The Federal Reserve announced a reduction in its bond buying program known as quantitative easing (QE). While bond markets barely budged, stock markets rallied strongly following the announcement. The step back signals the Fed’s confidence that the economy is on firmer footing while at the same time reinforcing its goals to keep monetary policy – in the form of zero interest rates – low for longer. Despite today’s good result, going forward such a transition may still be rocky for financial markets.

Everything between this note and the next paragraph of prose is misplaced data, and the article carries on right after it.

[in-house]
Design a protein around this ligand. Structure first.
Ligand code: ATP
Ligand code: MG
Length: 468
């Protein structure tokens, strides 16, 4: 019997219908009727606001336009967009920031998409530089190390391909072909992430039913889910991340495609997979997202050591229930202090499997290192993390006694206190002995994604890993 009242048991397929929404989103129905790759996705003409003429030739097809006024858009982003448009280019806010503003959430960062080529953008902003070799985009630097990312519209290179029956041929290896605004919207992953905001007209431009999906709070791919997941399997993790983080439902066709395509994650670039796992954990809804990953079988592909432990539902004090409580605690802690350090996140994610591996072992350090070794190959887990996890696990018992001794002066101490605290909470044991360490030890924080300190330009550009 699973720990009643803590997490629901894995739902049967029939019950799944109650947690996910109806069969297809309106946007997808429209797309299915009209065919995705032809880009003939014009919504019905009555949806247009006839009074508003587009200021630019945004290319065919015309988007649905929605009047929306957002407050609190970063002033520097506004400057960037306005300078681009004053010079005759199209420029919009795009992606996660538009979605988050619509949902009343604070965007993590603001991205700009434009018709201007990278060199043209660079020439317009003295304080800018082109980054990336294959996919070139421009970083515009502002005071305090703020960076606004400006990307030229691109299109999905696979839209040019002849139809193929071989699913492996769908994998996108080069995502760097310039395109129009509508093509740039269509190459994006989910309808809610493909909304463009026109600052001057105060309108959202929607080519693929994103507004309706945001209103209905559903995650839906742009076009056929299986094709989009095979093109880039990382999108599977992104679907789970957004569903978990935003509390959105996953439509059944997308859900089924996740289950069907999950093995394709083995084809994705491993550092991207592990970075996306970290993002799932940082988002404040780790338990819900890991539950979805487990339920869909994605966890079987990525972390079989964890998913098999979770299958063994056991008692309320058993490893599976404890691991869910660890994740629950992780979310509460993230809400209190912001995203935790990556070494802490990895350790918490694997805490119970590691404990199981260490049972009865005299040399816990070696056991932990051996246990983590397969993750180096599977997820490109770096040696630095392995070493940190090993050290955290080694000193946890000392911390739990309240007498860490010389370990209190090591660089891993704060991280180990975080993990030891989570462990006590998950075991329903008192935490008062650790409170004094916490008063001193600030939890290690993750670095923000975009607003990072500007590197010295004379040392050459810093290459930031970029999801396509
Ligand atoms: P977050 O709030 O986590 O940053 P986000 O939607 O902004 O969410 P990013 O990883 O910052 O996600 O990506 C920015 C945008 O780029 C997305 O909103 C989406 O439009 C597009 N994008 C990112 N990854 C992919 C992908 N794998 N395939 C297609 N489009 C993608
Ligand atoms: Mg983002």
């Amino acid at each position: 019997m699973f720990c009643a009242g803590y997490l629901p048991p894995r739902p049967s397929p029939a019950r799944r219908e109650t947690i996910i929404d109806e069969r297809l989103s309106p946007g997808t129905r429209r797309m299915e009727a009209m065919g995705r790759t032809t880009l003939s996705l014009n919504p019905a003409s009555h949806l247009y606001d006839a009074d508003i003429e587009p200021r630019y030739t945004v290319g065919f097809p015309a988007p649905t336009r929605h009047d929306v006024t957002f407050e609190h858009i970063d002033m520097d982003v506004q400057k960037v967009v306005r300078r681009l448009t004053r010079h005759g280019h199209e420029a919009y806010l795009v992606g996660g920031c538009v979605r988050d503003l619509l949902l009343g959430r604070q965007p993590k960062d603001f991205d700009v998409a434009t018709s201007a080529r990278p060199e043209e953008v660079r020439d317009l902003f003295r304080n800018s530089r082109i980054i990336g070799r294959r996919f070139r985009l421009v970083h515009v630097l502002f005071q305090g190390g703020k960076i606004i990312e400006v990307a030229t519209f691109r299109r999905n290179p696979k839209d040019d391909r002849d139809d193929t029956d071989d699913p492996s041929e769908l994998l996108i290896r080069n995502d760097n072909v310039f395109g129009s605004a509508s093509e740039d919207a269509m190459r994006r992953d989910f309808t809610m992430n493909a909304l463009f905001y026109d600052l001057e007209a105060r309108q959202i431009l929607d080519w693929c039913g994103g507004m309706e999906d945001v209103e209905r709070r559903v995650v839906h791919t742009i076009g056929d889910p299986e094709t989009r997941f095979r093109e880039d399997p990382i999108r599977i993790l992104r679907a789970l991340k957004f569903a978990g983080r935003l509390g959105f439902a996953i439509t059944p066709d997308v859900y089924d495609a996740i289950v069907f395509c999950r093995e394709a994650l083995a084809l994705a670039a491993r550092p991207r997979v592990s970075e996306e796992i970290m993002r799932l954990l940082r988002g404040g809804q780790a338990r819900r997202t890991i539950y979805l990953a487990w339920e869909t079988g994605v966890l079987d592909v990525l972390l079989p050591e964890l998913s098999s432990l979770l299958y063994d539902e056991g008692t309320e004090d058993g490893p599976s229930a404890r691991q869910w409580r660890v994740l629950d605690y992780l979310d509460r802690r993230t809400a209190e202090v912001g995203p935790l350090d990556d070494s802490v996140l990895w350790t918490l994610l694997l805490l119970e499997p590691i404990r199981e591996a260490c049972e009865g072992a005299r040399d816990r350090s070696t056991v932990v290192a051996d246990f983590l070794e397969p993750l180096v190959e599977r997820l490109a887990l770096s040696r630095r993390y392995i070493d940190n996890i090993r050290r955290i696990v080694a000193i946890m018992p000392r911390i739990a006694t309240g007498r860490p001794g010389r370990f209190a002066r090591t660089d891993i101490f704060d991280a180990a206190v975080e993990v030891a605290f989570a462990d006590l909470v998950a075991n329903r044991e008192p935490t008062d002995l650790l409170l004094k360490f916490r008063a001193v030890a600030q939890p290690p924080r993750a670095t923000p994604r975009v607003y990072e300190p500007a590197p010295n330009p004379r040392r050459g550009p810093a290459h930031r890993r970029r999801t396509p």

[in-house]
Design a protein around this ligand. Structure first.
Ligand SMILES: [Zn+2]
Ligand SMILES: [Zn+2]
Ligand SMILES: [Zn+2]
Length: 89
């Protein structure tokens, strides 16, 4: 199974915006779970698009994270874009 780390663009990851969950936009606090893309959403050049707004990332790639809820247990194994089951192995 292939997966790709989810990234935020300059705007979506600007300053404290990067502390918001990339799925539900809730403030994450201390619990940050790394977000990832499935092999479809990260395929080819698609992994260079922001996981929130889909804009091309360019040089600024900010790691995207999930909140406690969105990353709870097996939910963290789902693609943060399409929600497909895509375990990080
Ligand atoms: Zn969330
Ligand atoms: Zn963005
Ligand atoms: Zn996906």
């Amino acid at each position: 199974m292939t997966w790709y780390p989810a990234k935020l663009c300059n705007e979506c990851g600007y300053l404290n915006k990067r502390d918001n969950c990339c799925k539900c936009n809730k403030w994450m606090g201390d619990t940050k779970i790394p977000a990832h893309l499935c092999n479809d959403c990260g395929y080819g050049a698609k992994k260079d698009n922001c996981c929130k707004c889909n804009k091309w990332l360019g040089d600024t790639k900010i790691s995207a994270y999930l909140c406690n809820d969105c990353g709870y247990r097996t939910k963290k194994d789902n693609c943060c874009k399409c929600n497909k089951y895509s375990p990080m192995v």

The specifics of the plan are here, but the headline is a $10 billion/month reduction in purchases of Treasury bonds and mortgage-backed securities.
What does this mean?
- Not a big shock. This won’t be a big shock for bonds, because there’s still plenty of “easy money” in the global financial system as the Fed promised again today. That’s not to say interest rates won’t move higher over time. We are looking for the 10-year U.S. Treasury to end the year higher by around 50 basis points (0.5%) on the back of stronger growth next year.
- Low for Longer. It’s important to note that while the bond-buying program will be slowed, to avoid negative economic consequences of a sharp rise in rates, the Fed will likely keep the short-term fed funds rate low for an extended time. This is the “sugar” in the Fed’s communications.
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